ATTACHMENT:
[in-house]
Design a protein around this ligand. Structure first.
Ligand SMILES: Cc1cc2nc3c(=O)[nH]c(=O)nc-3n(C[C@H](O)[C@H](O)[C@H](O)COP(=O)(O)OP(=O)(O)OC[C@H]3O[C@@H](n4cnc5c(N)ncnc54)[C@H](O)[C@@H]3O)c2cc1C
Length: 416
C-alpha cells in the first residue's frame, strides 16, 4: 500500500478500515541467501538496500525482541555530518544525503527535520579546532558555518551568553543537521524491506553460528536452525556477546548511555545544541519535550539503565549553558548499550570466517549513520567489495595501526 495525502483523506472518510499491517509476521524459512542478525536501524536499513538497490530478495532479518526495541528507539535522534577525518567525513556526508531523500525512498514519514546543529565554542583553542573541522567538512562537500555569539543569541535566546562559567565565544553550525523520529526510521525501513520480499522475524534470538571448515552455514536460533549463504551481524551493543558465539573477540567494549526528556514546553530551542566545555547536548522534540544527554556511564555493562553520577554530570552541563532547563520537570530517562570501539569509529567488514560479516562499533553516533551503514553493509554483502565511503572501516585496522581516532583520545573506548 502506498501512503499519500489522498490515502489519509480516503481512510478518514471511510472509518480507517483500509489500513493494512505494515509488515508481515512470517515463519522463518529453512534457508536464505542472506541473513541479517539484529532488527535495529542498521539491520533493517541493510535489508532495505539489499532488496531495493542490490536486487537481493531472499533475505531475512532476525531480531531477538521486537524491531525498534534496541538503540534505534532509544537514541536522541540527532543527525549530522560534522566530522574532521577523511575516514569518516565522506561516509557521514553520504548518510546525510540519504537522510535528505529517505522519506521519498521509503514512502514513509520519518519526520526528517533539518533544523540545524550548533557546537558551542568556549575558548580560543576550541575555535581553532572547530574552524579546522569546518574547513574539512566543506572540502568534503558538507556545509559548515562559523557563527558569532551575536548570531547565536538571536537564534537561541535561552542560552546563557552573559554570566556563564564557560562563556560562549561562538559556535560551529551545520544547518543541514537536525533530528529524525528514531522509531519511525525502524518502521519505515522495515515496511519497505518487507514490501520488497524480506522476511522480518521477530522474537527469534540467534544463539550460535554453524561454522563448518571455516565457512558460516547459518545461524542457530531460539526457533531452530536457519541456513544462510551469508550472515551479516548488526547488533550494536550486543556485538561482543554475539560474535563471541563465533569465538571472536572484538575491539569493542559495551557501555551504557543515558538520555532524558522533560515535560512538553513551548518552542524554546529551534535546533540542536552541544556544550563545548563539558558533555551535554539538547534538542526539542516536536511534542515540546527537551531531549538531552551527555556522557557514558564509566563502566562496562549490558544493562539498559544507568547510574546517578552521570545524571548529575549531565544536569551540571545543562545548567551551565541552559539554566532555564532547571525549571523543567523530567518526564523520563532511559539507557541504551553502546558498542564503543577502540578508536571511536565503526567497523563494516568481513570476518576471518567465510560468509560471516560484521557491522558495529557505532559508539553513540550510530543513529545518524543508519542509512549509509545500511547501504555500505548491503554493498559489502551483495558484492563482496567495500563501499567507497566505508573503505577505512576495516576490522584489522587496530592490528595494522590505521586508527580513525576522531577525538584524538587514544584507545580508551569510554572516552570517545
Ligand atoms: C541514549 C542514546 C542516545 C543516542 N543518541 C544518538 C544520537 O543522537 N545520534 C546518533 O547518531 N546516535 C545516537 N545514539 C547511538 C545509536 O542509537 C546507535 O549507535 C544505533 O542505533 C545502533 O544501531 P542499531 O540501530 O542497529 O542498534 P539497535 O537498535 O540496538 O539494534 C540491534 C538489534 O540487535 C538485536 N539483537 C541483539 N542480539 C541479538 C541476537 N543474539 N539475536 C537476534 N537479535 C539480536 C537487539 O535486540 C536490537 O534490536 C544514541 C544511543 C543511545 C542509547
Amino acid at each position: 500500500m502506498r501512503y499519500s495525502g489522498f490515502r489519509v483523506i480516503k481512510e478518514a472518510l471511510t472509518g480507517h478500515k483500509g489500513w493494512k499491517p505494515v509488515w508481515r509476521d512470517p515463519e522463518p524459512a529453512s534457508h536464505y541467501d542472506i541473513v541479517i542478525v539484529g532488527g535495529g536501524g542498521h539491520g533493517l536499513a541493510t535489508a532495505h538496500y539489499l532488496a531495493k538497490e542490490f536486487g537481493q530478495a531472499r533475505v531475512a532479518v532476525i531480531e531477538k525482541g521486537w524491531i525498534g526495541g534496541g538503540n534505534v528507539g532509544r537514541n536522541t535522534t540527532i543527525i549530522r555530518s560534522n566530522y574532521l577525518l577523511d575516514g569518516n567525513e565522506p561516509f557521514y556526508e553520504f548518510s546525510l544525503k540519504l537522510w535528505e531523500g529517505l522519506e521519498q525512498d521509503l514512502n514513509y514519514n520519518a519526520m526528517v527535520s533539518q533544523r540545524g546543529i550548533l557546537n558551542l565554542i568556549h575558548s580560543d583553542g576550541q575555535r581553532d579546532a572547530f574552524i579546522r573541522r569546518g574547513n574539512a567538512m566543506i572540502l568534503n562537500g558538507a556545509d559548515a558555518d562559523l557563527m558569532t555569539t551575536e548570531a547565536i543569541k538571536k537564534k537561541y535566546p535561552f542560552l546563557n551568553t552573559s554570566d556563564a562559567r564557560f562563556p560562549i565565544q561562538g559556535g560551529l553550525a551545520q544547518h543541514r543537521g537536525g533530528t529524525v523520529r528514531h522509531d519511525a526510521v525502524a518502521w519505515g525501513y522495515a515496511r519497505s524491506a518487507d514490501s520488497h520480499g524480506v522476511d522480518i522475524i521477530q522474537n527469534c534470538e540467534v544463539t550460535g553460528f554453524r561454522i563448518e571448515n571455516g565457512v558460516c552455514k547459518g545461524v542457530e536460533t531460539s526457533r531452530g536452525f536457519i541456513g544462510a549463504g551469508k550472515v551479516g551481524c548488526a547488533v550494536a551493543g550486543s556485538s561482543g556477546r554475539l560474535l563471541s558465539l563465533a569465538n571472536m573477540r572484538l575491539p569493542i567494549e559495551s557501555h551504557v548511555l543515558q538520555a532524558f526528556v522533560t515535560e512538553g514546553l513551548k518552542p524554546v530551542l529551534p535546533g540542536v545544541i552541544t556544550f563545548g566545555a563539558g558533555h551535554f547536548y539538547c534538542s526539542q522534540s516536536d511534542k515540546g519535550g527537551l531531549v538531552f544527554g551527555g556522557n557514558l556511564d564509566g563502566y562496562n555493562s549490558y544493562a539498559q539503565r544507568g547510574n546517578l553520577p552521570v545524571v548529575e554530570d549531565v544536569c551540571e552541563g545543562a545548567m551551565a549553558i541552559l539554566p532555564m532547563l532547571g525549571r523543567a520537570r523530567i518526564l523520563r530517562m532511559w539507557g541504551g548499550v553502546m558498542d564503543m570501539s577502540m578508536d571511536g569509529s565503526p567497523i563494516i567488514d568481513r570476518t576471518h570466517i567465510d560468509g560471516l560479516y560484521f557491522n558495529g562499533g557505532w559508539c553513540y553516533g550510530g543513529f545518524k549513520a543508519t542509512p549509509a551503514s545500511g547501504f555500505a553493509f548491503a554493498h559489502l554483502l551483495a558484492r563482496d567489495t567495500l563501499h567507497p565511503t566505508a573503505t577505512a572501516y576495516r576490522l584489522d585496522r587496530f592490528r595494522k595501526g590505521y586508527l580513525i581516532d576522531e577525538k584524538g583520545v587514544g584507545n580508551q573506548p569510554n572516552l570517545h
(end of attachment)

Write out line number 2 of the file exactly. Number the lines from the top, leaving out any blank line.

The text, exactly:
Design a protein around this ligand. Structure first.